Bush, Harper meet as leaders summit begins
Calderon cuts Canadian visit short as Hurricane Dean approaches Mexico
Prime Minister Stephen Harper and U.S. President George W. Bush met privately Monday afternoon, kicking off a two-day leader's summit in Quebec.
Details of the discussion were not released.
Harper and Bush, along withMexican President Felipe Calderon, arrived Monday afternoon at a luxurious log-frame hotel in the small resort town of Montebello, near Ottawa.
High fences and police in riot gear sheltered the leaders fromlarge protests heldoutside the Fairmont Le Château Montebello hotel.
Monday's talks involved one-on-one sessions, with Calderon and Bush meeting privately after the Harper-Bush talk. The three North American leaders were then scheduled to meet for dinner.
On Tuesday, all three will come together for a formal discussion.
Calderon was scheduled to remain in Canada after the summit's official end on Tuesday, but as Hurricane Dean barrelled towards Mexico's Yucatan peninsula Monday night, he decided to cut his stay short.
"Given [the hurricane's] progression and dangerousness, I have decided to return to Mexico soon," Calderon said in Ottawa Monday night. "I'll personally oversee the aid effort in case of a disaster."
Arrangements had been made to allow Calderon to monitor any developments from the storm during the summit.
Bush and Calderon received a warm welcome when they pulled up separately at the Fairmont Le Château Montebello, with clapping staff members lining the front lawn to cheer their arrival.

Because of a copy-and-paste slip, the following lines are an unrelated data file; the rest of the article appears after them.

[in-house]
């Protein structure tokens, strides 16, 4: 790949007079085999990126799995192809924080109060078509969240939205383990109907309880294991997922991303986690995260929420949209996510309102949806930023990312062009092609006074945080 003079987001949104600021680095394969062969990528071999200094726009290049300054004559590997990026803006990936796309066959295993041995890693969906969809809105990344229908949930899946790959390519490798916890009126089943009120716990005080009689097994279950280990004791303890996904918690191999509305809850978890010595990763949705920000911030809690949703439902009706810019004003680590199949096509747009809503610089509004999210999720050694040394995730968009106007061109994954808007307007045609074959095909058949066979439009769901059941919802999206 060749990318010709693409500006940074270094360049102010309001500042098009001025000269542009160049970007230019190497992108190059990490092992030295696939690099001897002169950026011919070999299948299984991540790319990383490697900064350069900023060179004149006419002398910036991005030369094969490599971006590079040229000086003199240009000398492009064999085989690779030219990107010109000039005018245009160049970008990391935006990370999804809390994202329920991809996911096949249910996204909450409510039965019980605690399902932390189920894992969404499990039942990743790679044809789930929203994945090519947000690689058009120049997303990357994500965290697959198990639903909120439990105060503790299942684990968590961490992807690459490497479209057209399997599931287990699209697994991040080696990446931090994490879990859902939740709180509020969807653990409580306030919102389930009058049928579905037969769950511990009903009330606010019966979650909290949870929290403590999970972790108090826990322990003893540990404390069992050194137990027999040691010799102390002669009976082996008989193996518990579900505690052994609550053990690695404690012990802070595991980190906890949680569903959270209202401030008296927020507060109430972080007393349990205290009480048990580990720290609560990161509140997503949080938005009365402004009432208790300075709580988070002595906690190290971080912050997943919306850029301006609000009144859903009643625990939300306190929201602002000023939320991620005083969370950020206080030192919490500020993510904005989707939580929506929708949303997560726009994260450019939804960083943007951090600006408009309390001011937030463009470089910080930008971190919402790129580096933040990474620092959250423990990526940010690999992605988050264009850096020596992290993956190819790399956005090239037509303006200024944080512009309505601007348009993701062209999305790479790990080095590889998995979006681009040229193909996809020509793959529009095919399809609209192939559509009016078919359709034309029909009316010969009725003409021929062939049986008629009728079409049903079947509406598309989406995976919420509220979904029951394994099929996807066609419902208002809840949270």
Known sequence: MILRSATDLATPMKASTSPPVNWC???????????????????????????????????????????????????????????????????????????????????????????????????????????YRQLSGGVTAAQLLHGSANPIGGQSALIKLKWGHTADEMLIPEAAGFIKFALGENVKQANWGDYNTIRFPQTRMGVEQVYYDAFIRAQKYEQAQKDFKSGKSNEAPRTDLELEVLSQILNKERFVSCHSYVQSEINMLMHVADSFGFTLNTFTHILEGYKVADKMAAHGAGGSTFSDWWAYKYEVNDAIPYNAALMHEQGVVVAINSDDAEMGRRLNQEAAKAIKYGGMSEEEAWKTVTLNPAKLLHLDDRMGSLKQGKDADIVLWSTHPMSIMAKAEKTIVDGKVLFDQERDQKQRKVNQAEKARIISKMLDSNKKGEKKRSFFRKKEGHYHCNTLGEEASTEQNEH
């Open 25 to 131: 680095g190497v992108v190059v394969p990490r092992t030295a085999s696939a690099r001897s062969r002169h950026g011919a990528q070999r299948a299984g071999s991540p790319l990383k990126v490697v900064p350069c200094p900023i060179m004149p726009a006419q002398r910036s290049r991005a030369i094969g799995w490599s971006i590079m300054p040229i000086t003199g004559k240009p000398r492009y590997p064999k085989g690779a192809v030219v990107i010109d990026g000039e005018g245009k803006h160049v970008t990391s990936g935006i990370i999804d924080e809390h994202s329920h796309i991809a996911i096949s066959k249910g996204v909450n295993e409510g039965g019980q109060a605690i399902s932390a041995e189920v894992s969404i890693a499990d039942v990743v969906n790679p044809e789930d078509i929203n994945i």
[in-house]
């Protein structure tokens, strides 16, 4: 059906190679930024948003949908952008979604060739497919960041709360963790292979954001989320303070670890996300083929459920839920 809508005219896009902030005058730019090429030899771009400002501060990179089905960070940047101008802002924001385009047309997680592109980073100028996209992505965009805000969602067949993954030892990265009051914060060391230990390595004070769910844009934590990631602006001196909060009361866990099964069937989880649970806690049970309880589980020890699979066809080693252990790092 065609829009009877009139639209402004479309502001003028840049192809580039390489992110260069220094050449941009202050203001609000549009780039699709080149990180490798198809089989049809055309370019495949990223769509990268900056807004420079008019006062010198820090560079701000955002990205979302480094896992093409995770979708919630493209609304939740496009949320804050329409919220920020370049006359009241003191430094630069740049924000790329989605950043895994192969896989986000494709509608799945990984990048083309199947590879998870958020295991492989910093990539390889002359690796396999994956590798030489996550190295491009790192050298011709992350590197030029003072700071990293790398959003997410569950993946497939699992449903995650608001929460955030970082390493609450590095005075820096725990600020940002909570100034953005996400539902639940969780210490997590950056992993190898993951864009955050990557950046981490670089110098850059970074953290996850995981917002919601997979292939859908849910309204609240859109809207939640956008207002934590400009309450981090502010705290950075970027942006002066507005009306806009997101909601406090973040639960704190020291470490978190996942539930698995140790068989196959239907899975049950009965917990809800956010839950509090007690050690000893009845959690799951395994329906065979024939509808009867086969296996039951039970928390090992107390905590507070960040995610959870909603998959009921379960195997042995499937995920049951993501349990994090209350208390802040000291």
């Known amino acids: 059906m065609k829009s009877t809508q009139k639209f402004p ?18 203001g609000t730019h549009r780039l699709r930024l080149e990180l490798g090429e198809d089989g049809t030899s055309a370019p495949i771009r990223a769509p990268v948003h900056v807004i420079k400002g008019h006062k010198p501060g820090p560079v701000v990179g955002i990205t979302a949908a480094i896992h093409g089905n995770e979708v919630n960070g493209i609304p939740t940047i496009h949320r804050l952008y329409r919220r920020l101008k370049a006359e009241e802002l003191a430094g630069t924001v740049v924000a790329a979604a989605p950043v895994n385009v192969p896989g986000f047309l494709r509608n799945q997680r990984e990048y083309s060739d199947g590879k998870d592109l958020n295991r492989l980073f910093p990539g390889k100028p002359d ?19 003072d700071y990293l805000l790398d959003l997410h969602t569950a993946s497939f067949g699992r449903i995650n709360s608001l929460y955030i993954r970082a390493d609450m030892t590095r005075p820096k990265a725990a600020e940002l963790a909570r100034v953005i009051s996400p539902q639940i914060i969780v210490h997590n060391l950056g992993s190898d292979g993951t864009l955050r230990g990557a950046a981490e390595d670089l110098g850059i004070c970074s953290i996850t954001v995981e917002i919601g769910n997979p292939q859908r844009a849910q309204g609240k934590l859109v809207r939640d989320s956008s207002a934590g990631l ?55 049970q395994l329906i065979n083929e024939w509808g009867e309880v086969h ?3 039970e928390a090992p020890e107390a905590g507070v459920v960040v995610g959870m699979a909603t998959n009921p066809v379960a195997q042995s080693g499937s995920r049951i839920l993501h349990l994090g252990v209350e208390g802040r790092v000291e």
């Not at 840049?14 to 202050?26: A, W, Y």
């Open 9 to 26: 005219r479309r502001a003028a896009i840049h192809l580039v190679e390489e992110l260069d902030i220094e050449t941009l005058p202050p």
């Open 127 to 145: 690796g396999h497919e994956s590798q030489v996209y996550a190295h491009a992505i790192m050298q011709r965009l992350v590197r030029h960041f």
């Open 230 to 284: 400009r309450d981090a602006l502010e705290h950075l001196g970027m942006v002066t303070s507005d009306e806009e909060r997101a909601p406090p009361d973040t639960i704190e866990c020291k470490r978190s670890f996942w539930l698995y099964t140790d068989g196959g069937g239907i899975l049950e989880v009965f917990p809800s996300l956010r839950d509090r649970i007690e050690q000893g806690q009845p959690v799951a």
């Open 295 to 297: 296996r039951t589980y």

Bush was greeted with equal enthusiasm when his Air Force One plane touched down earlier Monday at Ottawa's International Airport.
A red carpet was rolled out for Bush's arrival, with dignitaries like Canadian Gov. Gen. Michaëlle Jean and U.S. Ambassador David Wilkins lined up to welcome the American leader to Canada.
The North American leadersare expected to discuss issues like free trade and border security during their summit.
"I think this meeting is a reaffirmation of the commitment that all three of these countries have to creating a secure and prosperous continent," White House spokesman Gordon Johndroe told reporters on board Air Force One, as it flew from Washington, D.C.,to Canada.
"I think they're going to go over a number of issues on both the security and the prosperity front, from trade to border security to a host of issues."
Johndroe said he doesn't expect any major announcements out of the meeting, despite reports from the Canadian Press that the leaders might be announcing some sort of new border protocol.
Johndroe also noted that Bush will likely discuss the sovereignty of the Arctic with Harper.
With files from the Canadian Press and Associated Press